The Latest News on Smoking from Jane Brody

For today’s blog, I copied Jane Brody’s latest article from the New  York Times online on the recent Surgeon General’s report of smoking and the way it harms the body. If you know anyone who still smokes, pass this along. Jane Brody has been a health writer for the New York Times for many years. Her reporting is first-rate because it is based on extensive research and in-depth interviews.

Coming a Long Way on Smoking, With a Way to Go

By JANE E. BRODY

Personal Health
Personal Health

Jane Brody on health and aging.

Stuart Bradford

Fifty years ago this month, Dr. Luther L. Terry issued the first “Surgeon General’s Report on Smoking and Health,” which cited smoking as a cause of lung cancer in men. The hefty report landed like a bombshell on a complacent public, bombarded daily by tobacco advertising and surrounded at work, home and play by people who smoked.

On Friday, Dr. Boris D. Lushniak, the acting surgeon general, issued the 32nd edition, applauding a half-century of progress during which smoking rates have fallen by more than half. Still, he lamented that “smoking remains the leading preventable cause of premature disease and death in the United States.”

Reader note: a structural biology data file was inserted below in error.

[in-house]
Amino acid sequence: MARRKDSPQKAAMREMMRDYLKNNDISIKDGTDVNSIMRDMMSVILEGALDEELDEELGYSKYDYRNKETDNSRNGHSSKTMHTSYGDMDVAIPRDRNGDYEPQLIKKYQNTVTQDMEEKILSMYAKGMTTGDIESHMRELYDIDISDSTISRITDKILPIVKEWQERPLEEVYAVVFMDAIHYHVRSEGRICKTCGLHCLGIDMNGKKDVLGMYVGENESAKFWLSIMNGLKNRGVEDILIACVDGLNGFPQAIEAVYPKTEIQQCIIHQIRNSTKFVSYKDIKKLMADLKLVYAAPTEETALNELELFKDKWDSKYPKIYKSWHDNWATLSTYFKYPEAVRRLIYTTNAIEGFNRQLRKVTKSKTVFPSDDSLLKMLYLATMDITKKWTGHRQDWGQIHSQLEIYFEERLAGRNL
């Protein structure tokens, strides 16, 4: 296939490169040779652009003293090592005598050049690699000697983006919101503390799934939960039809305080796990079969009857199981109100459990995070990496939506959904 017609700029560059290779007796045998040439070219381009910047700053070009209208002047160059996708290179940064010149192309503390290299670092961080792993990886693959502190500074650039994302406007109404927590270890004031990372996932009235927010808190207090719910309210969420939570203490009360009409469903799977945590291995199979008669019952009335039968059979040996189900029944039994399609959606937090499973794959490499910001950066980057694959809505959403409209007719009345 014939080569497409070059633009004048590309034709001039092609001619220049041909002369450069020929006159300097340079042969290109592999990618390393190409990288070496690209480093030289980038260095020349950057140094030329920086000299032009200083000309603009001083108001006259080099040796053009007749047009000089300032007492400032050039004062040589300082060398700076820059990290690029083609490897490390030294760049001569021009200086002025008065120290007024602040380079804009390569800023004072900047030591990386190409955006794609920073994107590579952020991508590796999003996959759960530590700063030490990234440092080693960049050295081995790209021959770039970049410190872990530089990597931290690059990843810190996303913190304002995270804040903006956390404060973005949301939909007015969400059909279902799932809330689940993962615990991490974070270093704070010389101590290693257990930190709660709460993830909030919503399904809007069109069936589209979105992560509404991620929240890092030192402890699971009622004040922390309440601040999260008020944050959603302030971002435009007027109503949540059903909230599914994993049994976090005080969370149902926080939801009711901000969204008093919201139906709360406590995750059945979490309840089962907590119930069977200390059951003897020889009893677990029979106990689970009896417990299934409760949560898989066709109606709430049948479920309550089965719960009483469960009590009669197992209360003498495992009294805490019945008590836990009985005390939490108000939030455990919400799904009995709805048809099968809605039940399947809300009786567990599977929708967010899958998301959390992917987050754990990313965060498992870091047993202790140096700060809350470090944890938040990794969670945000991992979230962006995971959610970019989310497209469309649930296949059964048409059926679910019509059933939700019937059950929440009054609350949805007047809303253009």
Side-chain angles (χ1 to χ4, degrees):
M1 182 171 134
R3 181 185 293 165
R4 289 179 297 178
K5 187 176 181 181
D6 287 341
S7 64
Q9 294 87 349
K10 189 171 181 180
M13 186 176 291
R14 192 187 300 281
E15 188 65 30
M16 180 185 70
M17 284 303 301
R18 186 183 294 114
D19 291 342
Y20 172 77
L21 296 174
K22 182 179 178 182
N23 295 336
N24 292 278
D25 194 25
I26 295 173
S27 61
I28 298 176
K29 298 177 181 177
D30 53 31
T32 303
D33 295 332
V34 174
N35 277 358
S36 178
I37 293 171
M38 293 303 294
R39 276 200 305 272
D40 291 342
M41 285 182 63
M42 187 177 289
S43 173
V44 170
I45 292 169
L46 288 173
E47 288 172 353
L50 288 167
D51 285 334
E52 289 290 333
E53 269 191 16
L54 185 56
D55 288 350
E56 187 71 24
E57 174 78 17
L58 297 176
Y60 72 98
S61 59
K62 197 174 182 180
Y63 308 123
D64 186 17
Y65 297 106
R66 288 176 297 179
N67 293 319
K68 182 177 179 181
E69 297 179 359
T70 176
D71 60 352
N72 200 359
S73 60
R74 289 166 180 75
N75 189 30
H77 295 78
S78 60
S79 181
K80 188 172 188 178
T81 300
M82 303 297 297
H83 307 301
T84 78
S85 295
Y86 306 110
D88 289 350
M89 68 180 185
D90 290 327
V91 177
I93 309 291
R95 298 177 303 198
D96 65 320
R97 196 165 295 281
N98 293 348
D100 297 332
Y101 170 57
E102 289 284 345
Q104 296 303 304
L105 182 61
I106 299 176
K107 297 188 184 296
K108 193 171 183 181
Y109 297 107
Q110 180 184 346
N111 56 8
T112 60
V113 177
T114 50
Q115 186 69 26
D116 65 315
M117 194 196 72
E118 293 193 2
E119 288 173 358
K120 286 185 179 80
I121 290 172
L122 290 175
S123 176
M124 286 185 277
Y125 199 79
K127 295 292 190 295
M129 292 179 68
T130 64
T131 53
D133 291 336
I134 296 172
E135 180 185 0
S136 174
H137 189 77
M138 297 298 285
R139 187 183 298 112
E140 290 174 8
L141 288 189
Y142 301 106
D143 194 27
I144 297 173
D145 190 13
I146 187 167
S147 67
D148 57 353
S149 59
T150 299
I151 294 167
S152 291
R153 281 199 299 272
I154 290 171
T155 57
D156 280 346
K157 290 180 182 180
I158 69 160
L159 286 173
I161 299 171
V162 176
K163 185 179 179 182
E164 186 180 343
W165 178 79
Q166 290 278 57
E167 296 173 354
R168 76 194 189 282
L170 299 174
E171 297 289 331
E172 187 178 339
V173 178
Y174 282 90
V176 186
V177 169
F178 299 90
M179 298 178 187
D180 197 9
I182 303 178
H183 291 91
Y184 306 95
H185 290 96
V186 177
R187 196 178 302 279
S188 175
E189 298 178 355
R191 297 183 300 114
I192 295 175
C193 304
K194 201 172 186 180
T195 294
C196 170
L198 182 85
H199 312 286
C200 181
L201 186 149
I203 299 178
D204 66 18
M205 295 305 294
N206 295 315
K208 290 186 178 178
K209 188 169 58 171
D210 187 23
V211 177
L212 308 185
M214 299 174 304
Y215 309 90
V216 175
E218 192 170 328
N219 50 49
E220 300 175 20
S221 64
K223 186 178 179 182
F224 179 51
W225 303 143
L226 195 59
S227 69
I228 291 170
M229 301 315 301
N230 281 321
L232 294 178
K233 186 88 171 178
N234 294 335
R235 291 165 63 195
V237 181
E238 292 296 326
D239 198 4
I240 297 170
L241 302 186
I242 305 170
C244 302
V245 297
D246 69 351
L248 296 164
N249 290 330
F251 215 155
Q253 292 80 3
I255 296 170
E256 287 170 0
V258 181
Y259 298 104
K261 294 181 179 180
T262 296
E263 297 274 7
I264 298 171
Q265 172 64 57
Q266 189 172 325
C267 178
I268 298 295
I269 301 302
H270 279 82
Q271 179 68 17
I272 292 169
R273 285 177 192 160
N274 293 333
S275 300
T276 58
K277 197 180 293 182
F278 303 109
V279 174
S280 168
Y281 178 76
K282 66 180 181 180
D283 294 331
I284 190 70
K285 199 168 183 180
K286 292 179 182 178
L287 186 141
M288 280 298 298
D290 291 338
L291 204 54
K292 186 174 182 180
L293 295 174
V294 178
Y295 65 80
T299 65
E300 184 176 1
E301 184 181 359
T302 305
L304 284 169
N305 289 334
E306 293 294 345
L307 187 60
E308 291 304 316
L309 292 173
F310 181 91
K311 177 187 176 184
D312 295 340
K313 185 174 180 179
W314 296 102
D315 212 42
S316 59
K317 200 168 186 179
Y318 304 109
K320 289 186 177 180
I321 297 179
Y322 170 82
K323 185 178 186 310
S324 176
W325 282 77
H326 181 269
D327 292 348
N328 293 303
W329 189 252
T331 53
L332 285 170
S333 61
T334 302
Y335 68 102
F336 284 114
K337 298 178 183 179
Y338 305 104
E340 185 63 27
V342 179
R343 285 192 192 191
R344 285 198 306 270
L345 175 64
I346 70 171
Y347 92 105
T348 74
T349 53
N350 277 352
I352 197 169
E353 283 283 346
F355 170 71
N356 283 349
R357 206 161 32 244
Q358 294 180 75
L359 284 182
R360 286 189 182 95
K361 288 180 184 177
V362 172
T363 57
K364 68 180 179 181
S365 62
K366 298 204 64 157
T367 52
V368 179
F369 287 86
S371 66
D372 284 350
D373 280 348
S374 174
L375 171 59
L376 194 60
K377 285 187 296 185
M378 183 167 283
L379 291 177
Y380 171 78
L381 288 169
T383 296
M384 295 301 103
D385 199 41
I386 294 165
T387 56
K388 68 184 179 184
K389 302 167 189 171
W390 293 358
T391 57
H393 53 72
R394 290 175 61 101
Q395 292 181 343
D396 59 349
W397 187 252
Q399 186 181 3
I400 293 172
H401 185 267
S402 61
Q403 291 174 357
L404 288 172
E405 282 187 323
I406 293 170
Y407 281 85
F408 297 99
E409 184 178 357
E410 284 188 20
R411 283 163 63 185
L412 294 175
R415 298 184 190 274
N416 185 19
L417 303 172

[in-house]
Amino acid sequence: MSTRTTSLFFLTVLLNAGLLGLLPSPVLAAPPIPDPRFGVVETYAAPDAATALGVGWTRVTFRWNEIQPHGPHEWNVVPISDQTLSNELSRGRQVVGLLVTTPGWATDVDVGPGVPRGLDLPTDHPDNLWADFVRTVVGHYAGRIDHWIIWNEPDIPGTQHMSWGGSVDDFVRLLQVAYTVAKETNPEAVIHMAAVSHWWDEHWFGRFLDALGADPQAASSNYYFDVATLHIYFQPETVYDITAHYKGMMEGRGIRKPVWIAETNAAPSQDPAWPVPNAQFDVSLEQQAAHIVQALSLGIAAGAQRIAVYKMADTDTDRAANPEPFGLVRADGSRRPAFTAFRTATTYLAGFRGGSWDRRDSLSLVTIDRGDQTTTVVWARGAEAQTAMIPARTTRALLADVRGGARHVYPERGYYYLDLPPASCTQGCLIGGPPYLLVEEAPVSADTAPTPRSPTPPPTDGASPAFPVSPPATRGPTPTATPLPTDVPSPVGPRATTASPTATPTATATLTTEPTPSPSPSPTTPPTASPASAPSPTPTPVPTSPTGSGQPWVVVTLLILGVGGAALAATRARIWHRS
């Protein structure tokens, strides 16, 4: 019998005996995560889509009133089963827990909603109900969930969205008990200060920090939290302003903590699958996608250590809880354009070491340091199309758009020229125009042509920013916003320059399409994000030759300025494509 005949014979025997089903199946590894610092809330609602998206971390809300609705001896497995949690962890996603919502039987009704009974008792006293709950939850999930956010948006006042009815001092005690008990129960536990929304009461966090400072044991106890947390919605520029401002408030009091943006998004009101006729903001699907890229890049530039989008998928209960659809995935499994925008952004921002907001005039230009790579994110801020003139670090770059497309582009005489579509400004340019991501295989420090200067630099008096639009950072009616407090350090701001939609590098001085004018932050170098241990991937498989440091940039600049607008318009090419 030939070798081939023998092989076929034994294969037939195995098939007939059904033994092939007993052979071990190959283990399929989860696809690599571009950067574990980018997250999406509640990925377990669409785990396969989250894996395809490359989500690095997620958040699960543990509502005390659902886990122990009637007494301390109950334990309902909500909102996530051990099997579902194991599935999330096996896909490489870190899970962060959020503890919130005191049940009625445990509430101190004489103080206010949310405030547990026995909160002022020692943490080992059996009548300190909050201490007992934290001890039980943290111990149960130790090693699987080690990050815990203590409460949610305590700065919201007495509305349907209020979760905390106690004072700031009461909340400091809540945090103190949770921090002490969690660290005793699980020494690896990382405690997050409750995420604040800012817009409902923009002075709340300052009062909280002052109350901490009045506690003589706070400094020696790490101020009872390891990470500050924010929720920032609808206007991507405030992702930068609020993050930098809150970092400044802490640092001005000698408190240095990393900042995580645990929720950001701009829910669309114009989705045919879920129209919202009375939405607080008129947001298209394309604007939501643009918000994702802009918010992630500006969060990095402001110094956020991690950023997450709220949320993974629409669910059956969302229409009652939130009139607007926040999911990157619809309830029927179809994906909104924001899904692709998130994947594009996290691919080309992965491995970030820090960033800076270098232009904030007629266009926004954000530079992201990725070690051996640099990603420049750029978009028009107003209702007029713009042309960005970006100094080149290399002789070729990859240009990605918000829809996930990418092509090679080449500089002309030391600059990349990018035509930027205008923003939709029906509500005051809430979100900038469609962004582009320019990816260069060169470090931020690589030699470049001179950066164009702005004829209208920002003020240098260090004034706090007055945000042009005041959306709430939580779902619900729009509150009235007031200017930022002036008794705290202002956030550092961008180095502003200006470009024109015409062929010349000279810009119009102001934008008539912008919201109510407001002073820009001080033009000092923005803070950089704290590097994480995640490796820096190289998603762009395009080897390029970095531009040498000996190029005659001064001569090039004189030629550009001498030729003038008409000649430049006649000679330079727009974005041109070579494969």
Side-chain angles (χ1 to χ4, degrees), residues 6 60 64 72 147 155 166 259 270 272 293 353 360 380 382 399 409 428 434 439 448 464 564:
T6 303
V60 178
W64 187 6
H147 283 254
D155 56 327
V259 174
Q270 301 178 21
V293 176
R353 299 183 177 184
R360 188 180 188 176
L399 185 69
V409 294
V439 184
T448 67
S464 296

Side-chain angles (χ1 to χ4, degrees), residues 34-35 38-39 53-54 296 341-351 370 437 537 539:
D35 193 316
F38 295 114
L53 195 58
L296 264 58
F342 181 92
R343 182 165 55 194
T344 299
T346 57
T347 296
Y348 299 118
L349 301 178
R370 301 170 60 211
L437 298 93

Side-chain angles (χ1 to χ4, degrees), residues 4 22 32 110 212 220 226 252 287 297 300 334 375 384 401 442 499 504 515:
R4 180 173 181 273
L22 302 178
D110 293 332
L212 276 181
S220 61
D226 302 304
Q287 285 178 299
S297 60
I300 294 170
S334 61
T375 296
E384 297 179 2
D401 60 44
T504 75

Kathleen Sebelius, the secretary of health and human services, noted in a statement that “this year alone, nearly one-half million adults will still die prematurely because of smoking.”

The new report greatly expands the list of disorders now known to be casually linked to smoking to include age-related macular degeneration, diabetes, colorectal cancer, liver cancer, tuberculosis, erectile dysfunction, cleft palate, ectopic pregnancy, rheumatoid arthritis, inflammation and impaired immune function. Exposure to secondhand smoke is now deemed a cause of stroke.

In 1964, smoking seemed like the thing to do, socially and legally accepted nearly everywhere. If you were not around back then, you’d be shocked by what it was like. Every car was a smoking car. On flights, passengers inhaled recirculated smoke-filled air. The aroma of exquisite restaurant meals were tainted by tobacco smoke.